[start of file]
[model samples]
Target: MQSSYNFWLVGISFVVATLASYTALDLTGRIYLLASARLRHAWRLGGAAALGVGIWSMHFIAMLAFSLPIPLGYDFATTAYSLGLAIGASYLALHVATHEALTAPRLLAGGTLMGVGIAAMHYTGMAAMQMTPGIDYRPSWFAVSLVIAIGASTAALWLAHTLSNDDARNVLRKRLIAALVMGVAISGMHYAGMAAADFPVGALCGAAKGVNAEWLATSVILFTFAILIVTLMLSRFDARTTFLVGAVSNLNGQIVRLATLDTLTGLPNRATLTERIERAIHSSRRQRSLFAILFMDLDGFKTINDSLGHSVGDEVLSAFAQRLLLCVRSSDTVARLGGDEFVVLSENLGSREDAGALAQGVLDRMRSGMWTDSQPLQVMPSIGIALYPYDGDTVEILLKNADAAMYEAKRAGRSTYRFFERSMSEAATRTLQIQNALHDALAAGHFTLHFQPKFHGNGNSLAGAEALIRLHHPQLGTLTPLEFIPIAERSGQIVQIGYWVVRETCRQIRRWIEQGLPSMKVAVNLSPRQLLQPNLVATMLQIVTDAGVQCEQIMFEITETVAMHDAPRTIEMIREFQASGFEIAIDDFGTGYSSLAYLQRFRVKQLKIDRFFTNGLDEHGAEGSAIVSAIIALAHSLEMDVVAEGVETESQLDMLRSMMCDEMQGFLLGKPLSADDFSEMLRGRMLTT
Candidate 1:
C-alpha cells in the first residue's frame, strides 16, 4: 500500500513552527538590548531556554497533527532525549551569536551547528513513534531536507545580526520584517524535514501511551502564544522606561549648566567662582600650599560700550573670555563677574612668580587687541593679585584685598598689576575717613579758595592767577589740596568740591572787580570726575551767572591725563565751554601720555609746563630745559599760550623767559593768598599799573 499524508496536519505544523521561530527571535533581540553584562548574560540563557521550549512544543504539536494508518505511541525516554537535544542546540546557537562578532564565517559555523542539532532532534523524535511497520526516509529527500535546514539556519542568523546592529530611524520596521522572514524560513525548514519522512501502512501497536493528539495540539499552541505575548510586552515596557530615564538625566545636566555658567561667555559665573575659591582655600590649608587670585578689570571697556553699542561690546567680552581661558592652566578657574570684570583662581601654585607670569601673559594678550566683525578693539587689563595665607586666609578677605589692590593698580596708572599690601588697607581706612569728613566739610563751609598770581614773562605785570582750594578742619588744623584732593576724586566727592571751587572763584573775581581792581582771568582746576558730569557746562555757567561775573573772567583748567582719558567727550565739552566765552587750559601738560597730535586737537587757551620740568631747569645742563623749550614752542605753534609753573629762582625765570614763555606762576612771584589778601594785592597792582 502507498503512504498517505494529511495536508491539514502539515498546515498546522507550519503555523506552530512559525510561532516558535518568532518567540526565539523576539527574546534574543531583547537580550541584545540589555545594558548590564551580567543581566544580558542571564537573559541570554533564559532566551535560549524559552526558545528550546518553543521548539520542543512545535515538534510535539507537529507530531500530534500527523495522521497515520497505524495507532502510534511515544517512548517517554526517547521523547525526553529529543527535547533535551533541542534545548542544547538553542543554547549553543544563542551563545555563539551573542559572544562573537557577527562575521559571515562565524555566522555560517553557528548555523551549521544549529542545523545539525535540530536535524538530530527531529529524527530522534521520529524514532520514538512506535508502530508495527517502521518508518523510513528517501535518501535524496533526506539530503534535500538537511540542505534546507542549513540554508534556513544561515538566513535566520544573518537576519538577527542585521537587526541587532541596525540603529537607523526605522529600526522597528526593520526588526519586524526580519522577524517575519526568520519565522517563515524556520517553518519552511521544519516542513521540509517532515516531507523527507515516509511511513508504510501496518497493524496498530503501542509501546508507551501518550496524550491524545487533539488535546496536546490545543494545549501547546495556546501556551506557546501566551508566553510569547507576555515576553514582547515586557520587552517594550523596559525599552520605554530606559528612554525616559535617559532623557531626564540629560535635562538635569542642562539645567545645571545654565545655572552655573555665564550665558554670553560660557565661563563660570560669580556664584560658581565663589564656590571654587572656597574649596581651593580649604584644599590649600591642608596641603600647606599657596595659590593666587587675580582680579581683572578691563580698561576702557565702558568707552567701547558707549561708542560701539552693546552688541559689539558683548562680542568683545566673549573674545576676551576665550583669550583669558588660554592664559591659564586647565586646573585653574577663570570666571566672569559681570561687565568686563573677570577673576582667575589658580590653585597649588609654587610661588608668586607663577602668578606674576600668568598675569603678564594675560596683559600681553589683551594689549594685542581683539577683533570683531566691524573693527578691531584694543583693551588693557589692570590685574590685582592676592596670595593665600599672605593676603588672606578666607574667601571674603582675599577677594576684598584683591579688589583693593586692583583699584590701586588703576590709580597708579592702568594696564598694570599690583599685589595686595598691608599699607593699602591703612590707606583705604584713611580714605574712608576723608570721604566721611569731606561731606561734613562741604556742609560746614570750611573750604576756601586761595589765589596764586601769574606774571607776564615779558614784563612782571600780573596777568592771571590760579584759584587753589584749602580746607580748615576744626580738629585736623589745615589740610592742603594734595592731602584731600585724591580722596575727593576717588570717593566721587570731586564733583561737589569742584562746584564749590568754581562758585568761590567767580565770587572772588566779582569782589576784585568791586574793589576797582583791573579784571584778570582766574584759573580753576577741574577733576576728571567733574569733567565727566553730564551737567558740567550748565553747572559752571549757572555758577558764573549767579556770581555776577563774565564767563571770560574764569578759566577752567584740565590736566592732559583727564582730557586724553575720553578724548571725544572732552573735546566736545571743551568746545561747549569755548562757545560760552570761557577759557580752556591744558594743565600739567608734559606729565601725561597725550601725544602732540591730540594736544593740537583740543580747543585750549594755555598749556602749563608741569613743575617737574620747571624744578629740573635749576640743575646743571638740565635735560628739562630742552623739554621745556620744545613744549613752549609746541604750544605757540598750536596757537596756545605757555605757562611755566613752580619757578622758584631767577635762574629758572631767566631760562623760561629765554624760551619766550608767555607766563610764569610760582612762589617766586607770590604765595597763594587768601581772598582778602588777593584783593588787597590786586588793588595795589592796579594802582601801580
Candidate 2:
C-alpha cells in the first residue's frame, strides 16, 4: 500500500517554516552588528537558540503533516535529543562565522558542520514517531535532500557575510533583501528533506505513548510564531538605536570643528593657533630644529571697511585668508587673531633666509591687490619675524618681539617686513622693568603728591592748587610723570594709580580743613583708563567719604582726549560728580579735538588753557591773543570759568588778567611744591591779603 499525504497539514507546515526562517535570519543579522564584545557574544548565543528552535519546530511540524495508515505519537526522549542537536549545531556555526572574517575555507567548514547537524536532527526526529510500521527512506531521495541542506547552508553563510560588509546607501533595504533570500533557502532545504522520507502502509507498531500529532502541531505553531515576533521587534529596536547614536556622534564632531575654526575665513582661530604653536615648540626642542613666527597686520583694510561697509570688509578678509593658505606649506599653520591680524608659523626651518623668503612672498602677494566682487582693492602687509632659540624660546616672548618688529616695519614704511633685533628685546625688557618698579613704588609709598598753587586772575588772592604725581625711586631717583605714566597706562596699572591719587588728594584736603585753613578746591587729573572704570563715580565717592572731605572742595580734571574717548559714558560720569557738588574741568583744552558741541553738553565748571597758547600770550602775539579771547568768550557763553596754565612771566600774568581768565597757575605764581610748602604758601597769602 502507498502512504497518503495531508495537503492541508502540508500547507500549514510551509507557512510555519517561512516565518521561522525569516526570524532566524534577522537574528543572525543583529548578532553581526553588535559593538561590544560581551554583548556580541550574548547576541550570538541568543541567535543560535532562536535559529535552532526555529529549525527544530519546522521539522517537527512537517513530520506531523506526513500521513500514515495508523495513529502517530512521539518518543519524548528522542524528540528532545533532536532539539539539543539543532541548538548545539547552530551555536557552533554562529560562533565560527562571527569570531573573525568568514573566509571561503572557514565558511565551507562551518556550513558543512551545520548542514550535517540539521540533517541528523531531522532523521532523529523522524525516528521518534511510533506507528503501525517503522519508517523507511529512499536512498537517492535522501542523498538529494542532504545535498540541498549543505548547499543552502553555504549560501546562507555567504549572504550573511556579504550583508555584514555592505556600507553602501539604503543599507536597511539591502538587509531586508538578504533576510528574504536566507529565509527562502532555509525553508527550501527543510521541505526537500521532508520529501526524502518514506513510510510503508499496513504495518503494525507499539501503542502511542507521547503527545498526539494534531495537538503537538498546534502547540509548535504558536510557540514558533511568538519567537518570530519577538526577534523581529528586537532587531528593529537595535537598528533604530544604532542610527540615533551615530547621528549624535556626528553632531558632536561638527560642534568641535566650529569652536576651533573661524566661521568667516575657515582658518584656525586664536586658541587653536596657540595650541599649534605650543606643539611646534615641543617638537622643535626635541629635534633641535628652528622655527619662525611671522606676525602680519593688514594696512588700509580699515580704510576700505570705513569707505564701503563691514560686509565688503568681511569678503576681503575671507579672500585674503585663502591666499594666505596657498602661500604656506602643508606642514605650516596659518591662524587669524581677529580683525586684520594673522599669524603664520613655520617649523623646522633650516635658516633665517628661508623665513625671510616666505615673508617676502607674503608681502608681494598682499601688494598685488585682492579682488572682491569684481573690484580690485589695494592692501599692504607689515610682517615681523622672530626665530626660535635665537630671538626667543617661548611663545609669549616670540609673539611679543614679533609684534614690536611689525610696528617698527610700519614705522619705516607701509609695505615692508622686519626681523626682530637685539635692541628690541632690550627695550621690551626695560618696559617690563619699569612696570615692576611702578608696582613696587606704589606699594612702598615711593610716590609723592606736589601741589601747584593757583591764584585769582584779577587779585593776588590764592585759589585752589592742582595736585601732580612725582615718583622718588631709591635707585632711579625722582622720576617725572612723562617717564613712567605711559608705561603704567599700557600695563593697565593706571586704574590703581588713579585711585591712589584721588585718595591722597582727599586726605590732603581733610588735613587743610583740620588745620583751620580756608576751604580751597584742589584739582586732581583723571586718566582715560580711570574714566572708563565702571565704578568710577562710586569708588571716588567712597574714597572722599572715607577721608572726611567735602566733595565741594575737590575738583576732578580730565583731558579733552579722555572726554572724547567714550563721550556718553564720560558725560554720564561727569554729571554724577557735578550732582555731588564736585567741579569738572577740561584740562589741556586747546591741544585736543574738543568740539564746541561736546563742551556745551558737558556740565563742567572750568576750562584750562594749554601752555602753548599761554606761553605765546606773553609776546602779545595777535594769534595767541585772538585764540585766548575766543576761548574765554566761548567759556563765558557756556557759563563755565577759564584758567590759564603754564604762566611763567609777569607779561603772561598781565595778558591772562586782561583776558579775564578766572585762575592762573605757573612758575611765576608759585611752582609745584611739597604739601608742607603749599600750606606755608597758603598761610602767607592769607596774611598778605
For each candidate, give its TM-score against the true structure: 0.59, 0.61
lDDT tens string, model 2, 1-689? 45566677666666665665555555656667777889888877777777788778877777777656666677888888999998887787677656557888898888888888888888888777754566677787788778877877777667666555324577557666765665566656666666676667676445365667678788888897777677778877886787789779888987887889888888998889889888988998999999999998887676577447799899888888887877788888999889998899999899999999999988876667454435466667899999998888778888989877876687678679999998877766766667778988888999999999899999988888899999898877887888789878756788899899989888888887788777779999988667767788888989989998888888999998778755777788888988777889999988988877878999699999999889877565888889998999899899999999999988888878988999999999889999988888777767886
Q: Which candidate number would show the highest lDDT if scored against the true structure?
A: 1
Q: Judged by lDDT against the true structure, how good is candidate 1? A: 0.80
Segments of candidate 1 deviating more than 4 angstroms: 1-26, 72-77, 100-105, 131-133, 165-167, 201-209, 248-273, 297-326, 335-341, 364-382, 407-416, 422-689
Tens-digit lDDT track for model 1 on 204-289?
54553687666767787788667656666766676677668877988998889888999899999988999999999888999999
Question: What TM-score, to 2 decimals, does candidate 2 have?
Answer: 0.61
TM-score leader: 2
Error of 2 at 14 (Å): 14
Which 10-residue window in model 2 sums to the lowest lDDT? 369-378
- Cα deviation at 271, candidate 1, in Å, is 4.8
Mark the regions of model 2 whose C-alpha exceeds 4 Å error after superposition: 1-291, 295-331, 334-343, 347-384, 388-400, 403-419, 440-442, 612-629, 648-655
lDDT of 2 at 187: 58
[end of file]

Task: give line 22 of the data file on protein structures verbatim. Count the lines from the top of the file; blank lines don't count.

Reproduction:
lDDT of 2 at 187: 58